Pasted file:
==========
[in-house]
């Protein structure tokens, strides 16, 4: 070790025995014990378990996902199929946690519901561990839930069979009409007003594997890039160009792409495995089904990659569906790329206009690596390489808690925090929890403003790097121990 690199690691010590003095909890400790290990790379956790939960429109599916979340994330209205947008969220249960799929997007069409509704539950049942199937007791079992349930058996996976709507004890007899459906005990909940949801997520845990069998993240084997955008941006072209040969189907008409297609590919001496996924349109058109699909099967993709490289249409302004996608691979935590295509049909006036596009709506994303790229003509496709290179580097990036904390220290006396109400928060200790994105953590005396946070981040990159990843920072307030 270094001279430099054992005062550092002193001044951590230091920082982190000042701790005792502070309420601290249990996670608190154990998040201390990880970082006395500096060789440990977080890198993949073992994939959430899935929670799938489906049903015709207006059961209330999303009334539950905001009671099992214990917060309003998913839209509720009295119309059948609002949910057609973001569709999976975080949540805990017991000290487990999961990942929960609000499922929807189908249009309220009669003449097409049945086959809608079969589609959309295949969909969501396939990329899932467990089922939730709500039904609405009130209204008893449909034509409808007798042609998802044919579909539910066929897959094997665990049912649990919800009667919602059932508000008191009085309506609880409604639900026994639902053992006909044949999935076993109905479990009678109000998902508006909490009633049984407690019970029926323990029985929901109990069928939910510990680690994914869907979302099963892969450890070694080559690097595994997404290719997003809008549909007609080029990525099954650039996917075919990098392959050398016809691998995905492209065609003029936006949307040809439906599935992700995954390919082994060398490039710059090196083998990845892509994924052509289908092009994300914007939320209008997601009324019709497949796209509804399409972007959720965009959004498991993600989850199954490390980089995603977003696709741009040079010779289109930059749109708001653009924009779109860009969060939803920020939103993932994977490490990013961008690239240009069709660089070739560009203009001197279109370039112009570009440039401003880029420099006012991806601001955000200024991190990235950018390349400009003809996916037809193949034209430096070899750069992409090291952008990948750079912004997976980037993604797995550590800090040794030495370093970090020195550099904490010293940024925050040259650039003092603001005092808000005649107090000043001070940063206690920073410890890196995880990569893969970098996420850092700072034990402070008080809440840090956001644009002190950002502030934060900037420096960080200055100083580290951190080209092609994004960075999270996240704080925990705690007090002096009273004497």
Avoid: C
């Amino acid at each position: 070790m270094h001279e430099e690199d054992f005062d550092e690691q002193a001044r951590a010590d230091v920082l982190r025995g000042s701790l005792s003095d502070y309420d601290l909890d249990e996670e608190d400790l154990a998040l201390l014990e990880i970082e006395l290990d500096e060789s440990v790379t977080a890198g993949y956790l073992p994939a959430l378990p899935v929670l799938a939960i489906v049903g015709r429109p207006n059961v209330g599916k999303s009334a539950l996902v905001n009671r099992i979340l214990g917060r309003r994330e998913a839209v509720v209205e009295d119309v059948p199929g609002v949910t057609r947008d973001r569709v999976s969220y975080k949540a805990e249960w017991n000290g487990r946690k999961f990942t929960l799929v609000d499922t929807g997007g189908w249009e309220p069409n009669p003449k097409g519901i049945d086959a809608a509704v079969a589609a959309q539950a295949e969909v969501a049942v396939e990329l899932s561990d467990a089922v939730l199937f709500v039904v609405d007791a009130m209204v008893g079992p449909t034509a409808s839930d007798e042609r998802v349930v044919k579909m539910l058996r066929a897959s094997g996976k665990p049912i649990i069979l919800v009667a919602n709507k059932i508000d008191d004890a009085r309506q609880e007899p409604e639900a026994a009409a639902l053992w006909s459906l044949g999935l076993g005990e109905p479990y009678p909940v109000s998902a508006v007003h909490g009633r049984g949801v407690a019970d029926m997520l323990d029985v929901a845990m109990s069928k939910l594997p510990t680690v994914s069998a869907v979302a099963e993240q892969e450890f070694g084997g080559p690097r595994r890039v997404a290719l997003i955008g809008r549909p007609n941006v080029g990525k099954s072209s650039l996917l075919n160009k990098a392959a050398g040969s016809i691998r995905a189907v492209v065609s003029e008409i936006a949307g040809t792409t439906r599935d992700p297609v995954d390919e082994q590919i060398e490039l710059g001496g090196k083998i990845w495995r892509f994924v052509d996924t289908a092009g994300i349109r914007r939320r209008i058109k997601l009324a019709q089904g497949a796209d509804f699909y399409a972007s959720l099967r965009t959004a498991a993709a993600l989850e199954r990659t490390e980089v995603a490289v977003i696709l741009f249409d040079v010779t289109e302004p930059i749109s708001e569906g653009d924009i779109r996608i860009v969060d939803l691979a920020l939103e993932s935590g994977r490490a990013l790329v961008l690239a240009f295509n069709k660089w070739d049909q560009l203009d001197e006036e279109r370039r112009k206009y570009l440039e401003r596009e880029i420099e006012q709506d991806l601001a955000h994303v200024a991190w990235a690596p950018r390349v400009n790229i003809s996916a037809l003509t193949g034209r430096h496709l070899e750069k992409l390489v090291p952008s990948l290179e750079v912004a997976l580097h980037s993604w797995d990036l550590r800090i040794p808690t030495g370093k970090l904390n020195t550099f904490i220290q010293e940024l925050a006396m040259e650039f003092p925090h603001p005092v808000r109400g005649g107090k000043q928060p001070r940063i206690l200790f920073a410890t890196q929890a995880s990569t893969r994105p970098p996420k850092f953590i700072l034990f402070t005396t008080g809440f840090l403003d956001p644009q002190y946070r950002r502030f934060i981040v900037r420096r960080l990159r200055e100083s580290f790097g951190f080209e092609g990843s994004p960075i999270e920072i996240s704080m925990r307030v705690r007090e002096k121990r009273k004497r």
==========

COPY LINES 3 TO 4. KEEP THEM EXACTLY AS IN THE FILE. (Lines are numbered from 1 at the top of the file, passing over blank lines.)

Avoid: C
């Amino acid at each position: 070790m270094h001279e430099e690199d054992f005062d550092e690691q002193a001044r951590a010590d230091v920082l982190r025995g000042s701790l005792s003095d502070y309420d601290l909890d249990e996670e608190d400790l154990a998040l201390l014990e990880i970082e006395l290990d500096e060789s440990v790379t977080a890198g993949y956790l073992p994939a959430l378990p899935v929670l799938a939960i489906v049903g015709r429109p207006n059961v209330g599916k999303s009334a539950l996902v905001n009671r099992i979340l214990g917060r309003r994330e998913a839209v509720v209205e009295d119309v059948p199929g609002v949910t057609r947008d973001r569709v999976s969220y975080k949540a805990e249960w017991n000290g487990r946690k999961f990942t929960l799929v609000d499922t929807g997007g189908w249009e309220p069409n009669p003449k097409g519901i049945d086959a809608a509704v079969a589609a959309q539950a295949e969909v969501a049942v396939e990329l899932s561990d467990a089922v939730l199937f709500v039904v609405d007791a009130m209204v008893g079992p449909t034509a409808s839930d007798e042609r998802v349930v044919k579909m539910l058996r066929a897959s094997g996976k665990p049912i649990i069979l919800v009667a919602n709507k059932i508000d008191d004890a009085r309506q609880e007899p409604e639900a026994a009409a639902l053992w006909s459906l044949g999935l076993g005990e109905p479990y009678p909940v109000s998902a508006v007003h909490g009633r049984g949801v407690a019970d029926m997520l323990d029985v929901a845990m109990s069928k939910l594997p510990t680690v994914s069998a869907v979302a099963e993240q892969e450890f070694g084997g080559p690097r595994r890039v997404a290719l997003i955008g809008r549909p007609n941006v080029g990525k099954s072209s650039l996917l075919n160009k990098a392959a050398g040969s016809i691998r995905a189907v492209v065609s003029e008409i936006a949307g040809t792409t439906r599935d992700p297609v995954d390919e082994q590919i060398e490039l710059g001496g090196k083998i990845w495995r892509f994924v052509d996924t289908a092009g994300i349109r914007r939320r209008i058109k997601l009324a019709q089904g497949a796209d509804f699909y399409a972007s959720l099967r965009t959004a498991a993709a993600l989850e199954r990659t490390e980089v995603a490289v977003i696709l741009f249409d040079v010779t289109e302004p930059i749109s708001e569906g653009d924009i779109r996608i860009v969060d939803l691979a920020l939103e993932s935590g994977r490490a990013l790329v961008l690239a240009f295509n069709k660089w070739d049909q560009l203009d001197e006036e279109r370039r112009k206009y570009l440039e401003r596009e880029i420099e006012q709506d991806l601001a955000h994303v200024a991190w990235a690596p950018r390349v400009n790229i003809s996916a037809l003509t193949g034209r430096h496709l070899e750069k992409l390489v090291p952008s990948l290179e750079v912004a997976l580097h980037s993604w797995d990036l550590r800090i040794p808690t030495g370093k970090l904390n020195t550099f904490i220290q010293e940024l925050a006396m040259e650039f003092p925090h603001p005092v808000r109400g005649g107090k000043q928060p001070r940063i206690l200790f920073a410890t890196q929890a995880s990569t893969r994105p970098p996420k850092f953590i700072l034990f402070t005396t008080g809440f840090l403003d956001p644009q002190y946070r950002r502030f934060i981040v900037r420096r960080l990159r200055e100083s580290f790097g951190f080209e092609g990843s994004p960075i999270e920072i996240s704080m925990r307030v705690r007090e002096k121990r009273k004497r």